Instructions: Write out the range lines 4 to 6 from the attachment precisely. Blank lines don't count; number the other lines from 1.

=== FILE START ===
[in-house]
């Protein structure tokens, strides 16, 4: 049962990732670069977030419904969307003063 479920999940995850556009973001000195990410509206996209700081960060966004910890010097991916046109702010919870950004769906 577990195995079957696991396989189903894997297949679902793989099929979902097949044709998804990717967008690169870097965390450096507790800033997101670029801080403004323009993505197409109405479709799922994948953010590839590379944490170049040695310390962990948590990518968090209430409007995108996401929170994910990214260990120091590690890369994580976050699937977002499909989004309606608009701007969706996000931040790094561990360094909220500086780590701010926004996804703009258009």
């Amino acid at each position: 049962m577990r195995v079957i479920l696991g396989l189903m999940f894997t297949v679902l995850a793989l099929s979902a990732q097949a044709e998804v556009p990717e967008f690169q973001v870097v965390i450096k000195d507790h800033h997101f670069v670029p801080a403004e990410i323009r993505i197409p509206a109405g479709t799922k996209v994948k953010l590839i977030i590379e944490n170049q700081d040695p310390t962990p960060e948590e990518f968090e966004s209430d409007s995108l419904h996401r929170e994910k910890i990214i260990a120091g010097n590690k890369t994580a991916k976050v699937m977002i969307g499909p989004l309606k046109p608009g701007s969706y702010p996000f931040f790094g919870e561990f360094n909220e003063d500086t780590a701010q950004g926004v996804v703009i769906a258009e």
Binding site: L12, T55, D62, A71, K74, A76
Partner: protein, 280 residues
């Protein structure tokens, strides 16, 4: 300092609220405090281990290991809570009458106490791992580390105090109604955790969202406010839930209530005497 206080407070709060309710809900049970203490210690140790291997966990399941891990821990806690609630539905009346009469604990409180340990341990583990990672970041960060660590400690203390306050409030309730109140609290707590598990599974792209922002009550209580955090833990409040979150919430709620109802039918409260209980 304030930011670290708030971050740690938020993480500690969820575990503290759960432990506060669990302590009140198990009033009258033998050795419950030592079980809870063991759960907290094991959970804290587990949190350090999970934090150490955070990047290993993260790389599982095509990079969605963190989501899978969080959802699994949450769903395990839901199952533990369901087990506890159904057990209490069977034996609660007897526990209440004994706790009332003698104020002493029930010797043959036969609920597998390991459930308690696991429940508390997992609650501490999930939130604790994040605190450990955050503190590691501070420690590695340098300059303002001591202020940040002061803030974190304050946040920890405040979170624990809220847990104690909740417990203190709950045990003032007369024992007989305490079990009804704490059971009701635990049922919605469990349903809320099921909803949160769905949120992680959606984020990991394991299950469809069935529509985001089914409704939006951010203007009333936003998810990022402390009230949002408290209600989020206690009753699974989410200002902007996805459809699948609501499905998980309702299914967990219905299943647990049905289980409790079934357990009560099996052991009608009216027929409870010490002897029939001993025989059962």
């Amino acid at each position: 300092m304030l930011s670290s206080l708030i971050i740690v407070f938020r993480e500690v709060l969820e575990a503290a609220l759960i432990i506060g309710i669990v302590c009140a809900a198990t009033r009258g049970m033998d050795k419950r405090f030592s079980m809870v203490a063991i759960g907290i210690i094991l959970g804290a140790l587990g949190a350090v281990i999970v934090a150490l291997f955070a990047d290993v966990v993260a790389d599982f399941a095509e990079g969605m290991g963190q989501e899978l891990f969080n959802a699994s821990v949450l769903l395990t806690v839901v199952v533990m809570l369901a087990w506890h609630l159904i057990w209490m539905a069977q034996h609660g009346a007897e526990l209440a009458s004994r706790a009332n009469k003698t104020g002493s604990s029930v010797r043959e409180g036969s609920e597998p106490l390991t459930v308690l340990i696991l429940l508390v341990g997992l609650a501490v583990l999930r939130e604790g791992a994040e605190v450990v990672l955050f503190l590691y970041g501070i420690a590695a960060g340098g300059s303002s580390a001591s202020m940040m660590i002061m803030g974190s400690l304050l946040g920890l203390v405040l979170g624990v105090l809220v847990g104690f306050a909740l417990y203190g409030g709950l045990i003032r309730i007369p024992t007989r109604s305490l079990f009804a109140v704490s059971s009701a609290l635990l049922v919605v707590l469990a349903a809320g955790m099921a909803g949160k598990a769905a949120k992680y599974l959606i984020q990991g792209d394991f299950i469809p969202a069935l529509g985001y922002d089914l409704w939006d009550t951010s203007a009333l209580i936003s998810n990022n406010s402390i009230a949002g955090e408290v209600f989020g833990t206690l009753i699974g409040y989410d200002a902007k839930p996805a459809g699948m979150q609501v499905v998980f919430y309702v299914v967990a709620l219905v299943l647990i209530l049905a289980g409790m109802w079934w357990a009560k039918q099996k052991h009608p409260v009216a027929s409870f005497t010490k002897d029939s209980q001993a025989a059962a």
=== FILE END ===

Binding site: L12, T55, D62, A71, K74, A76
Partner: protein, 280 residues
């Protein structure tokens, strides 16, 4: 300092609220405090281990290991809570009458106490791992580390105090109604955790969202406010839930209530005497 206080407070709060309710809900049970203490210690140790291997966990399941891990821990806690609630539905009346009469604990409180340990341990583990990672970041960060660590400690203390306050409030309730109140609290707590598990599974792209922002009550209580955090833990409040979150919430709620109802039918409260209980 304030930011670290708030971050740690938020993480500690969820575990503290759960432990506060669990302590009140198990009033009258033998050795419950030592079980809870063991759960907290094991959970804290587990949190350090999970934090150490955070990047290993993260790389599982095509990079969605963190989501899978969080959802699994949450769903395990839901199952533990369901087990506890159904057990209490069977034996609660007897526990209440004994706790009332003698104020002493029930010797043959036969609920597998390991459930308690696991429940508390997992609650501490999930939130604790994040605190450990955050503190590691501070420690590695340098300059303002001591202020940040002061803030974190304050946040920890405040979170624990809220847990104690909740417990203190709950045990003032007369024992007989305490079990009804704490059971009701635990049922919605469990349903809320099921909803949160769905949120992680959606984020990991394991299950469809069935529509985001089914409704939006951010203007009333936003998810990022402390009230949002408290209600989020206690009753699974989410200002902007996805459809699948609501499905998980309702299914967990219905299943647990049905289980409790079934357990009560099996052991009608009216027929409870010490002897029939001993025989059962």